Math            N         Verbal     N         Math          N       Verbal          N
           Regular Admits      572.6         624          557.0    624        530.0         1       550.0           1
           EOF Admits          463.2          75          452.1     75
           Special Admits      475.9          78          462.1     78
           All Admits          552.3         777          537.4    777        530.0         1         550.0         1
           Missing Scores*                    62                    62                      0                       0
       *ACT Scores provided.
              2. Remediation/Development

                  a. Name of basic skills placement test administered and criteria (if any) for
                     selecting test takers in fall 2008? Stockton generally uses the SAT or the ACT for
                     placement purposes but when one is not available we use a Stockton basic skills
                     placement exam.
                  b. Total Number of Undergraduate Students Enrolled in Fall 2008
Total Fall 2008 Undergraduate          Number of Students Enrolled in One or More                % of Total
           Enrollment                     Remedial/Developmental Courses

              6,671                                         291                                     4.4%

               c. Total number of First-time, Full-time (FTFT) Students Enrolled in a
               remedial/developmental course in Fall 2008
                                     Number of FTFT Students
                                      Enrolled in One or More       Percent of FTFT Enrolled in One
 Total Number of FTFT Students           Remedial Courses              or More Remedial Course
                 841                                     261                                 31.0%

                  d. First-time, Full-time students (FTFT) Enrolled in a remedial/developmental course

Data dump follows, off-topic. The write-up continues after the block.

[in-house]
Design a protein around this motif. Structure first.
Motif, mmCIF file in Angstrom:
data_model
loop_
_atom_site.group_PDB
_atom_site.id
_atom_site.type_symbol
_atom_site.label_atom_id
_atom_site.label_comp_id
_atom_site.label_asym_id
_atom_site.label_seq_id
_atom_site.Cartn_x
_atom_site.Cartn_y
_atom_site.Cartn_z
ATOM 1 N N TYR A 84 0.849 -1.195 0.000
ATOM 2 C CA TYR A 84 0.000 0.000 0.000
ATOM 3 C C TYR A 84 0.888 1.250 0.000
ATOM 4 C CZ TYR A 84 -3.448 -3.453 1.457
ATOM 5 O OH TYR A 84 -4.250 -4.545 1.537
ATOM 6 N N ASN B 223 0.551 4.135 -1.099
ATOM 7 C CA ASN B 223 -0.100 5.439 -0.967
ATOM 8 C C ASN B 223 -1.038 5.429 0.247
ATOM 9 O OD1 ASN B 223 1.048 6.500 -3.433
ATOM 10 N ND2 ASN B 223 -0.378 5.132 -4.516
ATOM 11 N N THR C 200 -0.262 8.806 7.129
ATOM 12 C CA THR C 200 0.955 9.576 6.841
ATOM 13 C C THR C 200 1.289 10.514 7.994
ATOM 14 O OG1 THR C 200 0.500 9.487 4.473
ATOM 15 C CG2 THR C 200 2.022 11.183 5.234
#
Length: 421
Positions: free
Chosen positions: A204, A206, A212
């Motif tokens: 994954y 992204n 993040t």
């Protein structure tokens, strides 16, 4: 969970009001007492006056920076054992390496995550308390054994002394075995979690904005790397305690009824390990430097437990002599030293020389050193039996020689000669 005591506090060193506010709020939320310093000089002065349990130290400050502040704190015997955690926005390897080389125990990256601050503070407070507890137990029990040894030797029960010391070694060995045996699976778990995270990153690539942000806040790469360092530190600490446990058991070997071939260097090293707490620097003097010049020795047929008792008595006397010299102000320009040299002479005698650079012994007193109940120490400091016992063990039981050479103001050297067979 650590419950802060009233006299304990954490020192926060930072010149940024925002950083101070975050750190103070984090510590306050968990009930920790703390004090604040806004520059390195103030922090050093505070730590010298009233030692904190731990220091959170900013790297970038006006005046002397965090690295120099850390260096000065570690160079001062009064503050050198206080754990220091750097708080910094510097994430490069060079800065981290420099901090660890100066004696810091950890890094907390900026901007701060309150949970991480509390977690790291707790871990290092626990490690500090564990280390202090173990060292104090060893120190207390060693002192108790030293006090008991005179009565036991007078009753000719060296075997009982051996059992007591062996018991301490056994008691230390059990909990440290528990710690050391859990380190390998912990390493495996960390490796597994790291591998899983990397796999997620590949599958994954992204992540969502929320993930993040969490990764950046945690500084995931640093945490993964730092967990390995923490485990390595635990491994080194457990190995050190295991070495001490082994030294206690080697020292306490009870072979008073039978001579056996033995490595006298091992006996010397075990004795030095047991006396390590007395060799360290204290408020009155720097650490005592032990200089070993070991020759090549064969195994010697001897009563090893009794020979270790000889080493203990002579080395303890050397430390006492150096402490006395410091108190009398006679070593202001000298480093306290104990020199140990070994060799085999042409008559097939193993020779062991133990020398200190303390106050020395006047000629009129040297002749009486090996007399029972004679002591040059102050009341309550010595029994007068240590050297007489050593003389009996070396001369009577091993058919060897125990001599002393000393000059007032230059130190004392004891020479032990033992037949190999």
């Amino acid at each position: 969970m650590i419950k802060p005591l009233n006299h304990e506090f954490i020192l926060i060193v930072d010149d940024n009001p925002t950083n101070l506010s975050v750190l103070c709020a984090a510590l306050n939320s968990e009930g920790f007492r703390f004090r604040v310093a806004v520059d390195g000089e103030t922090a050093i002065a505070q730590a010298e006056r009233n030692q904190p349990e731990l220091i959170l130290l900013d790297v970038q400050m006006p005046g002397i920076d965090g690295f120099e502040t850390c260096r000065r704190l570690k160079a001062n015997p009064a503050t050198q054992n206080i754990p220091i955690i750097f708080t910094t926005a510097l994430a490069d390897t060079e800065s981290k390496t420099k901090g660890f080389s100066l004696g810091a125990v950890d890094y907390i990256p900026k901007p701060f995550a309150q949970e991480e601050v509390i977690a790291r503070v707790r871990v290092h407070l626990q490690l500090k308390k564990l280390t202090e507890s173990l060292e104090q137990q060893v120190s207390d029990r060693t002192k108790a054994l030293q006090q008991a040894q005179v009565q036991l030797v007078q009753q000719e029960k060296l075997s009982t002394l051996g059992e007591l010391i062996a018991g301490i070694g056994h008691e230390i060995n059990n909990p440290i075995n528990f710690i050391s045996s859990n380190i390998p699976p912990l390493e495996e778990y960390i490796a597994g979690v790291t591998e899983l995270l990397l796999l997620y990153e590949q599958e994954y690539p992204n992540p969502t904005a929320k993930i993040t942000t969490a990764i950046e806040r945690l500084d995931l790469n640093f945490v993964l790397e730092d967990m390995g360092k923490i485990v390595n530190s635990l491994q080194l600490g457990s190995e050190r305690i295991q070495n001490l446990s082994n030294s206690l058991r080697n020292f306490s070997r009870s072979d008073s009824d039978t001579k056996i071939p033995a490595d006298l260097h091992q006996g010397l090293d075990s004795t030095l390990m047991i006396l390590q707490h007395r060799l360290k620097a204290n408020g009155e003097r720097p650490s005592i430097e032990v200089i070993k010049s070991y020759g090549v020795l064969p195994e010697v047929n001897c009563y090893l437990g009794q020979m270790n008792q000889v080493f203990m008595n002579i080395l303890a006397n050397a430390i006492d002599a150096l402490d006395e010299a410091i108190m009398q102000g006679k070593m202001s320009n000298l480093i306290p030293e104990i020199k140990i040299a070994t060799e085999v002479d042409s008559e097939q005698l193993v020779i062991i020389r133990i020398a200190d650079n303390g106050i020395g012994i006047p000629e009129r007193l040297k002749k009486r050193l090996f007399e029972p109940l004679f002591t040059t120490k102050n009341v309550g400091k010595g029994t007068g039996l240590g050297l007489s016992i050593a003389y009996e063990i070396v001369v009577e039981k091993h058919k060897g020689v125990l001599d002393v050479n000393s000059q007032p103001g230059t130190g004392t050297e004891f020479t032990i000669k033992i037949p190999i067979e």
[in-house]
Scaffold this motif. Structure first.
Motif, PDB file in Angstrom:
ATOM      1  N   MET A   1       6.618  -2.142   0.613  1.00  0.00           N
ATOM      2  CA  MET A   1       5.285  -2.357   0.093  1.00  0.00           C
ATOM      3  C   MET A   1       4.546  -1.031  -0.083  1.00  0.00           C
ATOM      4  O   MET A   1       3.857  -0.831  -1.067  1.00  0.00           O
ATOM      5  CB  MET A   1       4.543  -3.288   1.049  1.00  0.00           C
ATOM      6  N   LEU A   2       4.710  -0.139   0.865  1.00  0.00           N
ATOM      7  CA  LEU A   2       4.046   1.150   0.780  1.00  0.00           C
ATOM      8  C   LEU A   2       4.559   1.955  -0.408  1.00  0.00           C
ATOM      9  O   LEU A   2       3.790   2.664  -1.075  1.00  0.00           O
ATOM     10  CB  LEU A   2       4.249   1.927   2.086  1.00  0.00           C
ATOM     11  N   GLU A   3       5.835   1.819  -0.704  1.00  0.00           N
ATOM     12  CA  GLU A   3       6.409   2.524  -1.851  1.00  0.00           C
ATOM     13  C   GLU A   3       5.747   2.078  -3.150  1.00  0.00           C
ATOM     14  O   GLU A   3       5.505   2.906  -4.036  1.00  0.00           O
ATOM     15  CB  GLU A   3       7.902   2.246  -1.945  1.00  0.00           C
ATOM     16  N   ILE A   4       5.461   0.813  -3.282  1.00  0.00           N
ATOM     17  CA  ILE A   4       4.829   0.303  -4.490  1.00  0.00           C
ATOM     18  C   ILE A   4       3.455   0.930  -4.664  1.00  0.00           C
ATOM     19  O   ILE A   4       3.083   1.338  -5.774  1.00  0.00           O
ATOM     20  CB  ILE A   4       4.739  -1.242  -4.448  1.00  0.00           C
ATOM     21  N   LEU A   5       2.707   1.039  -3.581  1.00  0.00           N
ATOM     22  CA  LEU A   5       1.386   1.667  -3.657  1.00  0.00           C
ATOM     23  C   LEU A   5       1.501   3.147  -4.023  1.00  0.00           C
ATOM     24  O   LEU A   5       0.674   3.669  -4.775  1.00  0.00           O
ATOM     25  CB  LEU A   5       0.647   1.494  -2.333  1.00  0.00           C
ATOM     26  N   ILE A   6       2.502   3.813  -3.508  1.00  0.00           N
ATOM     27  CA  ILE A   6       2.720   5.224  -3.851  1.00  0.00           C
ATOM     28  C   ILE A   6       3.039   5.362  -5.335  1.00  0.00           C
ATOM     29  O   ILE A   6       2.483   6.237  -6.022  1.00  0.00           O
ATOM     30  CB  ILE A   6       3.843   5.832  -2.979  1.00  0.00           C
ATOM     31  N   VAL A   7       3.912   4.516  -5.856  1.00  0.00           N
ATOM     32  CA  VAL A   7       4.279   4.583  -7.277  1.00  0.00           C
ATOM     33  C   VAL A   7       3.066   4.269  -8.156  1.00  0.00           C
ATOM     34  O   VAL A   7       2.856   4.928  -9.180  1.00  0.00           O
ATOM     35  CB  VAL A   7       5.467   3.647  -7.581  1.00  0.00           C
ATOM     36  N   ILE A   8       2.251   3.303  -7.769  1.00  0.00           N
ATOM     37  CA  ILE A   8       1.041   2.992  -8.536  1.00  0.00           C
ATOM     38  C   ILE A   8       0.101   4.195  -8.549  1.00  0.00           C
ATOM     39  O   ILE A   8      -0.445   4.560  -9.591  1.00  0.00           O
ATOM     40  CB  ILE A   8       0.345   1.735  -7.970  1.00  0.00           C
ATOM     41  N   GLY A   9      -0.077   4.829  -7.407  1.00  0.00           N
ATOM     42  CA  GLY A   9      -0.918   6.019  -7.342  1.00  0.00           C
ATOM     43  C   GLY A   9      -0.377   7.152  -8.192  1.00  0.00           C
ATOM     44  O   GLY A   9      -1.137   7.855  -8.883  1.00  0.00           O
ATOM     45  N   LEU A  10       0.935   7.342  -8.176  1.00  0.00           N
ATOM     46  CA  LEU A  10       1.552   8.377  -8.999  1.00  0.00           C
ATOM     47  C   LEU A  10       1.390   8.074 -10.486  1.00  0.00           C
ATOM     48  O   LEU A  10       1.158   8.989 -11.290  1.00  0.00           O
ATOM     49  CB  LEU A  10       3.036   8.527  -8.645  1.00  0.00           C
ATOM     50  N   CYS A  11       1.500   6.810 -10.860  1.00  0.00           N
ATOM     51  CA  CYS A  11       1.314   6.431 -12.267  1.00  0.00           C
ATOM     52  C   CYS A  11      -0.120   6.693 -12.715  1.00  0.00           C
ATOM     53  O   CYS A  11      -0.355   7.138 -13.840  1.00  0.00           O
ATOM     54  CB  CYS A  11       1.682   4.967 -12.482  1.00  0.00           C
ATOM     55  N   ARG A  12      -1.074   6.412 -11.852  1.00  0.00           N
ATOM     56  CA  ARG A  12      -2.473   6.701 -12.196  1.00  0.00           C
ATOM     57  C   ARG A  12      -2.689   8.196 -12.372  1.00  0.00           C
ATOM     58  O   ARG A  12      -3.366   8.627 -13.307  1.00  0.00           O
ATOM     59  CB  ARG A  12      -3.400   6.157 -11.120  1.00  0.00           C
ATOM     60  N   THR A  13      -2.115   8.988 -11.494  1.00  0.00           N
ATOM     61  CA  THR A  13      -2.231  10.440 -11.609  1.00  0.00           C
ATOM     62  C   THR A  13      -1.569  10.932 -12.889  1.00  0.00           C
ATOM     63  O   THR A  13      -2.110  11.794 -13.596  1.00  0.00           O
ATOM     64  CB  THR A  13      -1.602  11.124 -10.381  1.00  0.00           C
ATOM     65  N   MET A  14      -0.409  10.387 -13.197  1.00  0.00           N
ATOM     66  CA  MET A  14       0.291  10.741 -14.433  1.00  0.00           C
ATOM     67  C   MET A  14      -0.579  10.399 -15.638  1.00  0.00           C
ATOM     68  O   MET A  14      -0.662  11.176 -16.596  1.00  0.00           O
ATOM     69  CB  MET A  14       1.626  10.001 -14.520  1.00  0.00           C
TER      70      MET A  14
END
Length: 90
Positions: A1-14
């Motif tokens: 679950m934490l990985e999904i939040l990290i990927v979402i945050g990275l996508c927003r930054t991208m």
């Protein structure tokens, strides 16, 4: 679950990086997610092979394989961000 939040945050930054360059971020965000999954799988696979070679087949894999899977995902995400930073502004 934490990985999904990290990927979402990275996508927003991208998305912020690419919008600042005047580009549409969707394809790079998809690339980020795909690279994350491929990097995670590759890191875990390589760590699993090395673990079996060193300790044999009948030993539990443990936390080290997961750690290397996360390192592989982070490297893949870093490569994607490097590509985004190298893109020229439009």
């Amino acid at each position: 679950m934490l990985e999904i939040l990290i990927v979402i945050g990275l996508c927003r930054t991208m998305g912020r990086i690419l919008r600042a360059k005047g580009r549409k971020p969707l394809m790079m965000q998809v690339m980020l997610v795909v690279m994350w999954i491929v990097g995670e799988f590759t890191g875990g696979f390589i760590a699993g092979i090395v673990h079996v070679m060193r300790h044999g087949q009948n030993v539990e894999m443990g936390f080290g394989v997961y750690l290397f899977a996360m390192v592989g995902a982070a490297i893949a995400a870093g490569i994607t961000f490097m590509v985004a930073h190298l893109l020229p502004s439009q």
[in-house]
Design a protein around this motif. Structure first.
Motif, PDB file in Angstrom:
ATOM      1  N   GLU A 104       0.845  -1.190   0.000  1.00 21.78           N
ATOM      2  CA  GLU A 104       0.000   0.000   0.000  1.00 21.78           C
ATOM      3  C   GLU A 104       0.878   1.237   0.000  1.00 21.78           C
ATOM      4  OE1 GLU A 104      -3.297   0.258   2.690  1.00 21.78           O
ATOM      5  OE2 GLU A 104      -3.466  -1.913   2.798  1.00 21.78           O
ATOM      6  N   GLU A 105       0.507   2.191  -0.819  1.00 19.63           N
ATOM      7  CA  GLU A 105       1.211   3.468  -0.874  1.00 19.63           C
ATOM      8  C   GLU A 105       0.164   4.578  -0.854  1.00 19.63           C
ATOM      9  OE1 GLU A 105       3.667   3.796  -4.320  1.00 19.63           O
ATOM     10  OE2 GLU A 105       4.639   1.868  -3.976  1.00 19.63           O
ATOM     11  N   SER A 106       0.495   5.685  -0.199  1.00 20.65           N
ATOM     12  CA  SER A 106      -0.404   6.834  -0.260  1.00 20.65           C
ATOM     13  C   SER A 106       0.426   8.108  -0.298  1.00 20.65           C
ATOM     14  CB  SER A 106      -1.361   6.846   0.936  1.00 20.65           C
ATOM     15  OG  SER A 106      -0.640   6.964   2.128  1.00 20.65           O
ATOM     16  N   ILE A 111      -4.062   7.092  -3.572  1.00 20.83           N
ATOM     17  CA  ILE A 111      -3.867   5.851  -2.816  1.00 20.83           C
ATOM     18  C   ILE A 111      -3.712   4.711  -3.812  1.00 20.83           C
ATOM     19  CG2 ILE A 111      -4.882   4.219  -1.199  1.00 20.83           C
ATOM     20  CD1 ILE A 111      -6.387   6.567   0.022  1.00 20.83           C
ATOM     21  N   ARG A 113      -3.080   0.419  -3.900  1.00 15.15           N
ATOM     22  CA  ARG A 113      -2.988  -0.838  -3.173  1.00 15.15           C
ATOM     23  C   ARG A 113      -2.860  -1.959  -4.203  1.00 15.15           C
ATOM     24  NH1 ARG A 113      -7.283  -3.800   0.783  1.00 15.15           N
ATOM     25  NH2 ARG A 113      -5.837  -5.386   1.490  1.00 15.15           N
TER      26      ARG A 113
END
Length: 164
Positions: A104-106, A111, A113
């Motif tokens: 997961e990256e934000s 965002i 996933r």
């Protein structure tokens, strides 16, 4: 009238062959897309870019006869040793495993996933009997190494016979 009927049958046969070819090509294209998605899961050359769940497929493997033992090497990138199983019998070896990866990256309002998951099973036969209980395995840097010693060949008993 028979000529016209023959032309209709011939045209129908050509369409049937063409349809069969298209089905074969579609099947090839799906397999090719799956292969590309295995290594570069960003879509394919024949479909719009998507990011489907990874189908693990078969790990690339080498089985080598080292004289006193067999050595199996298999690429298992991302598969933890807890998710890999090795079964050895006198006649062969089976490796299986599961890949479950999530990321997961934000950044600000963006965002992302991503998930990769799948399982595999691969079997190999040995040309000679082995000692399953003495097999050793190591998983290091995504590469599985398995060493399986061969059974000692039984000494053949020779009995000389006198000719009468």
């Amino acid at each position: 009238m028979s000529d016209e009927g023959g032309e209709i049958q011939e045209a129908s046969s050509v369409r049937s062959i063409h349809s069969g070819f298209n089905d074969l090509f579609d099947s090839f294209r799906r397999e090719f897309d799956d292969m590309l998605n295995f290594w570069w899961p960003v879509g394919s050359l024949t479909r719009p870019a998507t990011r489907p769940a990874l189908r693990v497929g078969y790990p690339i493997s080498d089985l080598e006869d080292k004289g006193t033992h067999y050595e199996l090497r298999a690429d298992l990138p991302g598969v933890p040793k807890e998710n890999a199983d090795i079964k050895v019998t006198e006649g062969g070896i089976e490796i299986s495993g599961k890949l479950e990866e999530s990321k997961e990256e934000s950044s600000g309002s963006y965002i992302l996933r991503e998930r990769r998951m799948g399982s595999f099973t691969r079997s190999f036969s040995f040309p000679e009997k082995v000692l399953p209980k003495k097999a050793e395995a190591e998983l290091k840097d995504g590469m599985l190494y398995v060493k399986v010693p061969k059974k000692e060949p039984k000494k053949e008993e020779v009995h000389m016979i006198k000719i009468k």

in Fall 2008 by Subject Area
Subject Area                               Number of FTFT Enrolled In:       Percent of all FTFT Enrolled In:
Reading                                                  105                                 12.5%
Writing                                                  133                                 15.8%
Math Computation                                         167                                 19.9%
Elem. Algebra                                            NA                                   NA

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                                                                                                              The Richard Stockton College of New Jersey

                         3. Race/Ethnicity, Gender and Age

                                         a. Undergraduate Enrollment by Race/Ethnicity, Fall 2008

                        White                  Black          Hispanic           Asian          American             Non-            Race                  Total
                                                                                                  Ind.             resident        Unknown
                                                                                                                     Alien
                     Num          Pct      Num      Pct      Num      Pct      Num      Pct    Num        Pct     Num       Pct    Num      Pct    Num         Pct
 Full-time           4,586       77.7%     471     8.0%      358     6.1%      313     5.3%     27       0.5%      23      0.4%    124     2.1%    5,902     100.0%
 Part-time            595        77.4%      60     7.8%       54     7.0%       38     4.9%     7        0.9%      3       0.4%     12     1.6%     769      100.0%
 Total               5,181       77.7%     531     8.0%      412     6.2%      351     5.3%     34       0.5%      26      0.4%    136     2.0%    6,671     100.0%

                                         b. Undergraduate Enrollment by Gender, Fall 2008

                                                   Male                                    Female                                         Total